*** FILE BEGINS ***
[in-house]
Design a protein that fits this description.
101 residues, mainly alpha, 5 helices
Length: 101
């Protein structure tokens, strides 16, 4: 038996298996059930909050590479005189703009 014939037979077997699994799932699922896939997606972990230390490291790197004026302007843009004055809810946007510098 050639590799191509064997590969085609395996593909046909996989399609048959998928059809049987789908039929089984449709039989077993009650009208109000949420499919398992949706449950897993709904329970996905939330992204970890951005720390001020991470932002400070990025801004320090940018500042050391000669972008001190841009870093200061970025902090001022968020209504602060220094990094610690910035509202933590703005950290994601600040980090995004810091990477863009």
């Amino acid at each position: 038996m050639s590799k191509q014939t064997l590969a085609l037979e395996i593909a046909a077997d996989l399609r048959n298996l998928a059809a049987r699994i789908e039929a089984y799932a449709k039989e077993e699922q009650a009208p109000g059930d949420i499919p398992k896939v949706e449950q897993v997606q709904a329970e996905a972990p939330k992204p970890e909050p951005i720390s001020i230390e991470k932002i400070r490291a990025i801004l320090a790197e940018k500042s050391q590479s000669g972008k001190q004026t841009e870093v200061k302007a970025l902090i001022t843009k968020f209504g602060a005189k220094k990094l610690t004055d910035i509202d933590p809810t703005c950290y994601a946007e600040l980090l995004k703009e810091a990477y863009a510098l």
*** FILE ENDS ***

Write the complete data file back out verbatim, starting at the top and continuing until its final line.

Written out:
[in-house]
Design a protein that fits this description.
101 residues, mainly alpha, 5 helices
Length: 101
């Protein structure tokens, strides 16, 4: 038996298996059930909050590479005189703009 014939037979077997699994799932699922896939997606972990230390490291790197004026302007843009004055809810946007510098 050639590799191509064997590969085609395996593909046909996989399609048959998928059809049987789908039929089984449709039989077993009650009208109000949420499919398992949706449950897993709904329970996905939330992204970890951005720390001020991470932002400070990025801004320090940018500042050391000669972008001190841009870093200061970025902090001022968020209504602060220094990094610690910035509202933590703005950290994601600040980090995004810091990477863009």
């Amino acid at each position: 038996m050639s590799k191509q014939t064997l590969a085609l037979e395996i593909a046909a077997d996989l399609r048959n298996l998928a059809a049987r699994i789908e039929a089984y799932a449709k039989e077993e699922q009650a009208p109000g059930d949420i499919p398992k896939v949706e449950q897993v997606q709904a329970e996905a972990p939330k992204p970890e909050p951005i720390s001020i230390e991470k932002i400070r490291a990025i801004l320090a790197e940018k500042s050391q590479s000669g972008k001190q004026t841009e870093v200061k302007a970025l902090i001022t843009k968020f209504g602060a005189k220094k990094l610690t004055d910035i509202d933590p809810t703005c950290y994601a946007e600040l980090l995004k703009e810091a990477y863009a510098l």